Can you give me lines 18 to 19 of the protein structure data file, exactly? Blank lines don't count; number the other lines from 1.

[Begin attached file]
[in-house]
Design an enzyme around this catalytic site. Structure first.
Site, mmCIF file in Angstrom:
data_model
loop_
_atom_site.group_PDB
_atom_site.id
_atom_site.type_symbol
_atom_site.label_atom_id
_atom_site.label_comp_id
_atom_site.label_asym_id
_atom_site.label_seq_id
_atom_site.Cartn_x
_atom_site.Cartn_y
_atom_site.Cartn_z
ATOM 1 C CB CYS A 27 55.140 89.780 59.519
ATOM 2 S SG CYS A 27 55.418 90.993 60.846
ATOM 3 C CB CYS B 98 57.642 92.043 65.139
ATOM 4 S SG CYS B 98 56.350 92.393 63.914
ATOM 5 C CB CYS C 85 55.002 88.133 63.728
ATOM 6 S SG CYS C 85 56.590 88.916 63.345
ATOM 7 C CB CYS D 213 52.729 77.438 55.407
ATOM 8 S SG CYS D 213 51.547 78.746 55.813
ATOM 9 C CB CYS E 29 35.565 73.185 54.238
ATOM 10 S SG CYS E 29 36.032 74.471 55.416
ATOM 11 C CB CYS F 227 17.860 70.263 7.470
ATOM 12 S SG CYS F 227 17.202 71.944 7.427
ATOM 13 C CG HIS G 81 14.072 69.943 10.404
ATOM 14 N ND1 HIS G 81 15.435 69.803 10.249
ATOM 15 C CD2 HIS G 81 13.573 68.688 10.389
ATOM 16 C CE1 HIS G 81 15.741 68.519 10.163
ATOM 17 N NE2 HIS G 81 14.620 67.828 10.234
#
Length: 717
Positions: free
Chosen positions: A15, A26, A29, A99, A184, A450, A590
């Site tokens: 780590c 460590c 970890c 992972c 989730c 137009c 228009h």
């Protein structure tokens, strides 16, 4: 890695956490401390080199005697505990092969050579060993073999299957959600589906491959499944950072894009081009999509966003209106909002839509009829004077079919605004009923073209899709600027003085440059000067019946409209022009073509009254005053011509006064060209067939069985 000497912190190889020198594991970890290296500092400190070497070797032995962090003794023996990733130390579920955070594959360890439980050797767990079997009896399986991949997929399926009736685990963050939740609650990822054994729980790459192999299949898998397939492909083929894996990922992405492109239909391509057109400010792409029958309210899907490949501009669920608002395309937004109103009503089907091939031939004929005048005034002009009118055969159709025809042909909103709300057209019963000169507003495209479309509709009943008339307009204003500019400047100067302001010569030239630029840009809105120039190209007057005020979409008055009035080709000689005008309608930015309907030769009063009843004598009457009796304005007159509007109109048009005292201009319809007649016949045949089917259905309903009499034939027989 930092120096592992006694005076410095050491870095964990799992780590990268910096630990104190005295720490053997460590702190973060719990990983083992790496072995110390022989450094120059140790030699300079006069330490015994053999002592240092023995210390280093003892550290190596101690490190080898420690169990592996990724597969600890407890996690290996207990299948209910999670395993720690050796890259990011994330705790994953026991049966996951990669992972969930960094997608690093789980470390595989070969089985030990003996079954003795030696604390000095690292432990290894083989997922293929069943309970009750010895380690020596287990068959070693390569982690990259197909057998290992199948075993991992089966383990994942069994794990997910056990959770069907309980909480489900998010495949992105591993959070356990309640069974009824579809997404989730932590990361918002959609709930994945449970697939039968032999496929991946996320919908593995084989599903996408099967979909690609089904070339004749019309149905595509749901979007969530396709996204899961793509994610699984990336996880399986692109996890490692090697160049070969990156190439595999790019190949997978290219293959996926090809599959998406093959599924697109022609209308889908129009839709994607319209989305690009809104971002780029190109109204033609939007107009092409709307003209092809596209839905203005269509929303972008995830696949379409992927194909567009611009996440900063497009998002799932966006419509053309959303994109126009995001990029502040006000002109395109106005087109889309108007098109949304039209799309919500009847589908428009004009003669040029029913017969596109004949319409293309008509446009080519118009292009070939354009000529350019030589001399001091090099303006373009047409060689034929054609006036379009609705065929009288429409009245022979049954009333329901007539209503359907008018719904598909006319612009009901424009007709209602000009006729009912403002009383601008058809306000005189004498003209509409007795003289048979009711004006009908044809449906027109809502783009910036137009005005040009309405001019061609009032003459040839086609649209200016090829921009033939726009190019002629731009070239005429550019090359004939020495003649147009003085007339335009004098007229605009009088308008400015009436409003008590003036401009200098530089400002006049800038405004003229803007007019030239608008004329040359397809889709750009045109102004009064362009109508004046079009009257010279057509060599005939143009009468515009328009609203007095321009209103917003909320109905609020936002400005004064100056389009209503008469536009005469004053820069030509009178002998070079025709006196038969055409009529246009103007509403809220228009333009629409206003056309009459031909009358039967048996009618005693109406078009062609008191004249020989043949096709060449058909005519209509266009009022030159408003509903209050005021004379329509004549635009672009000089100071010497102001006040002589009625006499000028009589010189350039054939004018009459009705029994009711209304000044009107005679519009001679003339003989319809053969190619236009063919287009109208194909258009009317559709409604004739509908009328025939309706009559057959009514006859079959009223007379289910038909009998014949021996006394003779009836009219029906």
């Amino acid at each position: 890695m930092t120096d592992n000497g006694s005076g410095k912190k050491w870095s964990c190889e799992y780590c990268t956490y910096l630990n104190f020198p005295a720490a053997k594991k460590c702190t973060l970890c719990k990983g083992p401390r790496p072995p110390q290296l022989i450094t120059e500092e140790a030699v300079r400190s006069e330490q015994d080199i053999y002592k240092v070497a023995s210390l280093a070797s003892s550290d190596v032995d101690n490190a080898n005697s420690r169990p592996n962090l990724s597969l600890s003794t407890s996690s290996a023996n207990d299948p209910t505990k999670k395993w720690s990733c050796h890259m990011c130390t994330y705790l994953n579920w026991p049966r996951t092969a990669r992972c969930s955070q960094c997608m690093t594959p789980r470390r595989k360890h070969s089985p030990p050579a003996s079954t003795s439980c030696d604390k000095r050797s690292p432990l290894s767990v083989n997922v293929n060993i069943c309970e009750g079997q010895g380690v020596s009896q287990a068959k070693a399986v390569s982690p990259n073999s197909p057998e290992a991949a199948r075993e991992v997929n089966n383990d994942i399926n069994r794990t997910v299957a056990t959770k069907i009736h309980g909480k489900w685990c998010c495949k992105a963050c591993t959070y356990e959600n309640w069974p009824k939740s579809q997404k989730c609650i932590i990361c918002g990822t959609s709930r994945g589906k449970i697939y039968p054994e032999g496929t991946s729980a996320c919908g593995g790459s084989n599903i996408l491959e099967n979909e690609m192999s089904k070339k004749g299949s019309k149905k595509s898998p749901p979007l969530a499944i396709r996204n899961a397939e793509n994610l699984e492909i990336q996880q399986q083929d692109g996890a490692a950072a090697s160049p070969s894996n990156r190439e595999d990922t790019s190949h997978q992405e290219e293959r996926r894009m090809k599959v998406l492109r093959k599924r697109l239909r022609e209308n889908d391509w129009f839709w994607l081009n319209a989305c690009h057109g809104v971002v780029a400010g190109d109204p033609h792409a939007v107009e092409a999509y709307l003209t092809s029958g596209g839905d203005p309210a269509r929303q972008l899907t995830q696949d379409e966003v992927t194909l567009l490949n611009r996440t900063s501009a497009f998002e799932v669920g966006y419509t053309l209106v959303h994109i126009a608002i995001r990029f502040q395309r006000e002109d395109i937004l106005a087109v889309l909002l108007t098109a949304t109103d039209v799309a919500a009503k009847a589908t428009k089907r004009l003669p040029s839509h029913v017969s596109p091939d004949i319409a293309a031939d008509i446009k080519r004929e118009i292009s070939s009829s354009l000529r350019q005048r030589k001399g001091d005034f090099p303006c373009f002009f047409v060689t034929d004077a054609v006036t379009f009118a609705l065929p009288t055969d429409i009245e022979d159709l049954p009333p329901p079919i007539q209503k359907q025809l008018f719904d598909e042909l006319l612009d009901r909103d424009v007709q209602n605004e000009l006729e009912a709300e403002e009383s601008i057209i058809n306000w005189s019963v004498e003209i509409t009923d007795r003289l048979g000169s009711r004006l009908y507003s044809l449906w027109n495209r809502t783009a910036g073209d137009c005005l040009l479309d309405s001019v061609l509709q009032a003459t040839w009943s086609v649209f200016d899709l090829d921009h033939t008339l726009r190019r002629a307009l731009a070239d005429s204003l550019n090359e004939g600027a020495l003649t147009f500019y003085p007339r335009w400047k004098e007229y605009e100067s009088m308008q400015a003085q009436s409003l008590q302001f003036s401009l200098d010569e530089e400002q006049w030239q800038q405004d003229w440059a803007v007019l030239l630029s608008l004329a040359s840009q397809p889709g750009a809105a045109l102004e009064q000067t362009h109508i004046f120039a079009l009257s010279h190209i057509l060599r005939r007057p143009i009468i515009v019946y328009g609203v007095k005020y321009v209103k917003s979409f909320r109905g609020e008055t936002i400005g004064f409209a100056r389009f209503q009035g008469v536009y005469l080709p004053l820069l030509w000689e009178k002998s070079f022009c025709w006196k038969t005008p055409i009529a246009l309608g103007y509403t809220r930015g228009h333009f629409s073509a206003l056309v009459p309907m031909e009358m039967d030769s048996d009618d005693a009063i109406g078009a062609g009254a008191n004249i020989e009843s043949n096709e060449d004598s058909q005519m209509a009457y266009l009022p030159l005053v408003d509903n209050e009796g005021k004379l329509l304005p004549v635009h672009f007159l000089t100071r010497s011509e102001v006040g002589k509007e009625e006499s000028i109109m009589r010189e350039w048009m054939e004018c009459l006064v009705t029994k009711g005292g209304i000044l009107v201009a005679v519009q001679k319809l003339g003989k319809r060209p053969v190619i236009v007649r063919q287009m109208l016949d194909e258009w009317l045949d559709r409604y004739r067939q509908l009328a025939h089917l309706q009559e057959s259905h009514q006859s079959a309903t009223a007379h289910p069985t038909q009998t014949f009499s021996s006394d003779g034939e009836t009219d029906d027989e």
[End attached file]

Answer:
ATOM 3 C CB CYS B 98 57.642 92.043 65.139
ATOM 4 S SG CYS B 98 56.350 92.393 63.914